More of the Same from Safe Catch

You may have recently seen reporting about something called Safe Catch, it’s promoting a seafood product that is actually a solution… in search of a problem. News about “a new tuna manufacturer called Safe Catch” is more like a repacking of a failed product; Safe Harbor Certified Seafood.

Why has the company’s first attempt at profiting off mercury fear-mongering been such a disappointment? To begin, the very industry Safe Harbor so aggressively defamed (with claims that hundreds of thousands of children are at risk for mercury poisoning) are the very ones they wanted as their customer base. Whoops. So, while that hasn’t been a success for Safe Harbor, this latest endeavor is another chance to use mercury-testing technology by targeting a new audience to scare: the premium health food buyer.

But inherent problems with Safe Harbor’s business model exist for Safe Catch as well: the mercury levels in commercial seafood are just the same as they were nearly 100 years ago, no one in the United States is getting sick from mercury in fish (there has never been a case of mercury-poisoning from the normal consumption of commercial seafood in any published medical journal), and testing tuna – that have contained trace amounts of mercury since the beginning of time – does not add any value to a customer, nor does it make the product safer.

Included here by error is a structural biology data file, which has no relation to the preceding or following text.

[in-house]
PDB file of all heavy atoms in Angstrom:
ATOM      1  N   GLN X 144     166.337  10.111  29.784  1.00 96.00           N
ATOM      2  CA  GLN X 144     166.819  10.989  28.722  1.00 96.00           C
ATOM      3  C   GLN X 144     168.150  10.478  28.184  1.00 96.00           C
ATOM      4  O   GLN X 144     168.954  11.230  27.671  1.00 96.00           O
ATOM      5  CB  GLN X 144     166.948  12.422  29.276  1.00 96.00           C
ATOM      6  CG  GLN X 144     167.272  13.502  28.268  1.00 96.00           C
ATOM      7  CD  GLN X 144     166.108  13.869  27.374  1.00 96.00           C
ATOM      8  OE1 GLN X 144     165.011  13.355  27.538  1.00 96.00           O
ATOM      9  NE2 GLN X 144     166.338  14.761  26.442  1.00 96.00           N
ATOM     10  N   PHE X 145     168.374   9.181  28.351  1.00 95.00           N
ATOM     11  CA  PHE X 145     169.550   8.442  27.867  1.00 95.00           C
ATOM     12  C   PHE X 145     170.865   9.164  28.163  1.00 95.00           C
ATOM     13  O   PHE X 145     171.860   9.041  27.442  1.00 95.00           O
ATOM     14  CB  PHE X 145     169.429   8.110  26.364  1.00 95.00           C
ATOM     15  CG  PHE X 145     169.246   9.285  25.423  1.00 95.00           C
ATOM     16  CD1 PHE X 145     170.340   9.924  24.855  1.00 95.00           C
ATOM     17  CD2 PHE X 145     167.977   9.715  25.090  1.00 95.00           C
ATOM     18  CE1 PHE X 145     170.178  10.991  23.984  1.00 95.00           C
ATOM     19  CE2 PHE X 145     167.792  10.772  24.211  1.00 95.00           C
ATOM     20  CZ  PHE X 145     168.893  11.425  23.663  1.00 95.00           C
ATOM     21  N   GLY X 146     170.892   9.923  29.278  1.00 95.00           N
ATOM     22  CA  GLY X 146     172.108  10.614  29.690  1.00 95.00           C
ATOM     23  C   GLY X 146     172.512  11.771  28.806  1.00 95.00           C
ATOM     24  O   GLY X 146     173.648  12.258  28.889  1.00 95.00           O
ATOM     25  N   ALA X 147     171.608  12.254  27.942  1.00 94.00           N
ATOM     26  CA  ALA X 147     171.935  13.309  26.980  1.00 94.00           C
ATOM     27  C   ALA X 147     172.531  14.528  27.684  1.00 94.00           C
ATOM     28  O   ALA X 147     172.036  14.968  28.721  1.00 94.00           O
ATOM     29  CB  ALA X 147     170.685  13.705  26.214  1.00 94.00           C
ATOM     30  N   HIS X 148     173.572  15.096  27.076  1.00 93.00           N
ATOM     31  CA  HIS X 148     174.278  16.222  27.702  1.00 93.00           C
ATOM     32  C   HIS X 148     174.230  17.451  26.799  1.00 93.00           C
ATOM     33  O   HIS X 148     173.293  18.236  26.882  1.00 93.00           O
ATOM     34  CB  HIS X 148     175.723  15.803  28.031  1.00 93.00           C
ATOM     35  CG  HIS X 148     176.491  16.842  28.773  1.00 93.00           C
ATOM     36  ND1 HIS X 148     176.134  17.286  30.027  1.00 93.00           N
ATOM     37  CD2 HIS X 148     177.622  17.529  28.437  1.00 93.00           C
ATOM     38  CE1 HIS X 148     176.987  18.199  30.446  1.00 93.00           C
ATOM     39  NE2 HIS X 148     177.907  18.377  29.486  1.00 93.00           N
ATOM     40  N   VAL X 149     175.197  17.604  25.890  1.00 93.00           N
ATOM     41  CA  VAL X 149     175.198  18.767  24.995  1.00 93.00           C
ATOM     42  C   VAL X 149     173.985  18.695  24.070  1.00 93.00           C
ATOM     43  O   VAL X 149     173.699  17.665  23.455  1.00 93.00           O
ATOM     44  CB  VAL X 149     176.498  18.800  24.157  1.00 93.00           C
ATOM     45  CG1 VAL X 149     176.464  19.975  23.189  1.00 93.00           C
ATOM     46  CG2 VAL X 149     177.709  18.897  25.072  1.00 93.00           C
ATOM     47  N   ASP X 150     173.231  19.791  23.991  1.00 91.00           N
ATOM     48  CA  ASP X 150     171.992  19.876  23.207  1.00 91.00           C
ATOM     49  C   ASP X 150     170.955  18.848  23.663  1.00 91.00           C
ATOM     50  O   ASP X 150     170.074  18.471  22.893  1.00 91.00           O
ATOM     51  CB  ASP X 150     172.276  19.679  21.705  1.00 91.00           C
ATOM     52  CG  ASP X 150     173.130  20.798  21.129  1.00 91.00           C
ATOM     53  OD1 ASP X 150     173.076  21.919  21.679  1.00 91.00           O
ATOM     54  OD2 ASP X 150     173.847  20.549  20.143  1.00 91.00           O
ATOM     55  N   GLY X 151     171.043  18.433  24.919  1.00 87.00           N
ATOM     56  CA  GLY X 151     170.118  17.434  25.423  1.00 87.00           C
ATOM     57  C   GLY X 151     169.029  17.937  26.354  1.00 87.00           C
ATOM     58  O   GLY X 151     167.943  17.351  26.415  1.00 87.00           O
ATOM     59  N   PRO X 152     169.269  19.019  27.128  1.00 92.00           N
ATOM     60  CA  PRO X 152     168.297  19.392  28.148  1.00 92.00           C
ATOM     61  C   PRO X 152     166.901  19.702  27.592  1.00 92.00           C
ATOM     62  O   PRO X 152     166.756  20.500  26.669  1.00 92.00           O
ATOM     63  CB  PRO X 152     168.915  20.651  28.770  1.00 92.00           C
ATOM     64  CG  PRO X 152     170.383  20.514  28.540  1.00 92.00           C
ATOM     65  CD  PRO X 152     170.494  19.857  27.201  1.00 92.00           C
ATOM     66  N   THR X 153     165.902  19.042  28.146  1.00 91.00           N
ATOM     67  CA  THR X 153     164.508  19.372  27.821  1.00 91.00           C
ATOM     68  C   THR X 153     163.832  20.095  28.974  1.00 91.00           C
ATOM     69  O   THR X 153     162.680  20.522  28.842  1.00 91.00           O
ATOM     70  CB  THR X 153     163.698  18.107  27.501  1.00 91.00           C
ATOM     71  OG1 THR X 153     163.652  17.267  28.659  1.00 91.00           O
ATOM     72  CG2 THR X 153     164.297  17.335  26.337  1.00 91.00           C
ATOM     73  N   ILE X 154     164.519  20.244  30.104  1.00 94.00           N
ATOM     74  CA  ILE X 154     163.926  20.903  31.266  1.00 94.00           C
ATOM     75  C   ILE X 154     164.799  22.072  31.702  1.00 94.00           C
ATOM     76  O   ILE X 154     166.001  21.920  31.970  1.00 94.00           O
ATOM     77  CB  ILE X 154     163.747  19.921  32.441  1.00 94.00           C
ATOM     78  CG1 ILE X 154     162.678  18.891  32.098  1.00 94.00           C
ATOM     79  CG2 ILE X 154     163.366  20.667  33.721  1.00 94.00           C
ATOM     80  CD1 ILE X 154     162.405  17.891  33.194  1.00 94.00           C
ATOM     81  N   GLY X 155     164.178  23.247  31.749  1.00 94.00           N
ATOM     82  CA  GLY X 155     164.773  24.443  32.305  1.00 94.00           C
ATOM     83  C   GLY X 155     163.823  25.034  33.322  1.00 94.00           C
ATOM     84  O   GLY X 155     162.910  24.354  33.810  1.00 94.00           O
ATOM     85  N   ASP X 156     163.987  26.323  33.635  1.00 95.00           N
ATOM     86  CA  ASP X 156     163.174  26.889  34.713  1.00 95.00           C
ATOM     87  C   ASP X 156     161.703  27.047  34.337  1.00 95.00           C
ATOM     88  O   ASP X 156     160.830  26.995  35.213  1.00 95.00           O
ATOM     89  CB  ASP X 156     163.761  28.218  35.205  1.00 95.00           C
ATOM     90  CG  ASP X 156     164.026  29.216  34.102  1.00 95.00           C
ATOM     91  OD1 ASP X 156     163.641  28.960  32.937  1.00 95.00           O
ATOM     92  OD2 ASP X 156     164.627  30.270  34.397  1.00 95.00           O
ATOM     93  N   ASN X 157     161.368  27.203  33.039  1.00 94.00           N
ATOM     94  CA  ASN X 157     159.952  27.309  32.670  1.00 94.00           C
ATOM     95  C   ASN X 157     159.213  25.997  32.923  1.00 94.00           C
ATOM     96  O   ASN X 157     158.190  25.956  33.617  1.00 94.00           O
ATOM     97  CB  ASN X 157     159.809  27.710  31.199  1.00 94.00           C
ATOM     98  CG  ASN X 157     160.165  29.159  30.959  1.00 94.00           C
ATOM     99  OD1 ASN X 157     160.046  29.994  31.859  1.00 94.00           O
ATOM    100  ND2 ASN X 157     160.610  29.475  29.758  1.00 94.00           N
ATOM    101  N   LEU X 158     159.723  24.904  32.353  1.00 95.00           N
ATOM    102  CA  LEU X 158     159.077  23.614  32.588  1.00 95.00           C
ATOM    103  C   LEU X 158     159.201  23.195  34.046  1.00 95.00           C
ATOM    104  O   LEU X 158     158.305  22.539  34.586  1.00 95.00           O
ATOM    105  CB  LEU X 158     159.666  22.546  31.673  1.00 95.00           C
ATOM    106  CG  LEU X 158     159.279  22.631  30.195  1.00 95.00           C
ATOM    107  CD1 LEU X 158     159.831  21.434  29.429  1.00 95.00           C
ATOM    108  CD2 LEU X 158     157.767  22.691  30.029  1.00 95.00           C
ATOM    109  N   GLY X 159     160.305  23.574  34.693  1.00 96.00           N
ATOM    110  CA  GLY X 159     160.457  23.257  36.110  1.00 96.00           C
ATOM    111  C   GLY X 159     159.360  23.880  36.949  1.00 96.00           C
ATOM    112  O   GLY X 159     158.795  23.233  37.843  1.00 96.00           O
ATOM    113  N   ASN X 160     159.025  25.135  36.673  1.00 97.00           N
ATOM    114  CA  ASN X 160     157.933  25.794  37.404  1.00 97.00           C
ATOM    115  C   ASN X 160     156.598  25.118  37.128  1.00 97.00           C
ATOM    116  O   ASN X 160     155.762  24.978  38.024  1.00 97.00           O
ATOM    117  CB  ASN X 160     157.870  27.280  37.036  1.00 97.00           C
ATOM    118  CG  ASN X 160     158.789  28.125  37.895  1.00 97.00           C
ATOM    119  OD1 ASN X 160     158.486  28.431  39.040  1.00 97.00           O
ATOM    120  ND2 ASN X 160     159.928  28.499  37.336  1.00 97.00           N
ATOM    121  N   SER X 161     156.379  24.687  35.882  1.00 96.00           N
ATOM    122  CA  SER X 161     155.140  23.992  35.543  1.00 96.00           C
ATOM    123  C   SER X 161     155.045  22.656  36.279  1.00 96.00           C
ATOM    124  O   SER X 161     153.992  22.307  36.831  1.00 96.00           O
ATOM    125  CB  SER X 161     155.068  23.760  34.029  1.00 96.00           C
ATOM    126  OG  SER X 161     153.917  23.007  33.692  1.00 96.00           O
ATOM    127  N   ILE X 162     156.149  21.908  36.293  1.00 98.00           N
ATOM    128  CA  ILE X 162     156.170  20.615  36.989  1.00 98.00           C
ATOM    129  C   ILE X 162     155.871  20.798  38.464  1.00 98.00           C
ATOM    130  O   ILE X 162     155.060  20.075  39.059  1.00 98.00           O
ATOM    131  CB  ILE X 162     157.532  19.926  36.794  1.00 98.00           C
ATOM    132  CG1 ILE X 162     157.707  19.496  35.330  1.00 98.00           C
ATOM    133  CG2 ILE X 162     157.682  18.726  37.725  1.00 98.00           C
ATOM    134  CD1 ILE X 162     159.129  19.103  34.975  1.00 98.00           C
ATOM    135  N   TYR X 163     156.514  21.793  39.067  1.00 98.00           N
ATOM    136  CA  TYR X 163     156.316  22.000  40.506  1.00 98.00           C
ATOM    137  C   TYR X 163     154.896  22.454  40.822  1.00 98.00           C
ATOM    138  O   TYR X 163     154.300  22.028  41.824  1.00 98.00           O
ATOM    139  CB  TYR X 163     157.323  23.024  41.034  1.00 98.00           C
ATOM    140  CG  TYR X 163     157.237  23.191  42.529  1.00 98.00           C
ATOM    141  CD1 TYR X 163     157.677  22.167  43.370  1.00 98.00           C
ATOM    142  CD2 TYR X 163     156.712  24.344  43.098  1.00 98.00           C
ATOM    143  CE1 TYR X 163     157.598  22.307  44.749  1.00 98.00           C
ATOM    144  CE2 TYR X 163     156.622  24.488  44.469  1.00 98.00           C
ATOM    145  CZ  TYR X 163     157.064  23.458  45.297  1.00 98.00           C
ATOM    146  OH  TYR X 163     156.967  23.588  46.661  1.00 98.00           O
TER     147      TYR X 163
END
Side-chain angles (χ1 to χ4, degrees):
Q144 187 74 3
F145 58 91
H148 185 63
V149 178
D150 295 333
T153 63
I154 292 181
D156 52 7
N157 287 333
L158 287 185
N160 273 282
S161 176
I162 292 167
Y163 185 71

FDA’s limit for mercury in seafood is 1.0 parts per million (ppm), with a ten-fold safety-factor built in, meaning a fish would actually have to exceed dose levels of 10.0 ppm to approach any adverse effects. According to the FDA, canned light tuna has 0.128 ppm and canned white tuna has 0.35 ppm, far below the FDA’s threshold and any levels associated with harm.

In fact, last June the FDA released its Net Effects Report, based on 10 years of peer-reviewed published science that was used as the basis for the updated draft advice to pregnant women about eating seafood. The report found that pregnant women could safely consume 164 ounces of canned light tuna and 56 ounces of canned albacore tuna every week. And that’s regular old canned tuna, not some expensive brand that makes low mercury claims.

Let’s put the levels of mercury in canned tuna in perspective. If the 1ppm FDA limit is akin to the 55 MPH speed limit then run of the mill Albacore Tuna is going 16.5 MPH and Light Tuna is going 5.5MPH.

Meanwhile, Safe Catch’s website is hard to look at for anyone in the legitimate health or nutrition community:

  • While they bash brands that “precook away nutrients” doctors, dietitians and groups like the American Heart Association call canned tuna (the pre-cooked variety) one of the healthiest foods on the planet that you should be eating.
  • They go on to congratulate themselves as being, “The only brand with a tuna that meets Consumer Reports ‘Low Mercury’ criteria for pregnant moms and children. The strictest mercury limits of any brand.” They forget to mention, however, that the FDA blasted Consumer Reports for its last misleading report on canned tuna saying, “the methodology employed by Consumer Reports overestimates the negative effects and overlooks the strong body of scientific evidence published in the last decade.”
  • Safe Catch also boasts that it’s, “The only brand with a tuna that meets Environmental Working Group’s “Best Seafood” criteria for mercury levels. Eat pure. Live pure.” Ah, yes, it’s always good to have the professional fear monger and anti-vaccination-conspiracy-theory-pusher, promoting your product.

If marketing is able to convince American shoppers to pay more for a product that is no different before or after testing, perhaps science can convince them that the lightness in their wallet counts as weight loss.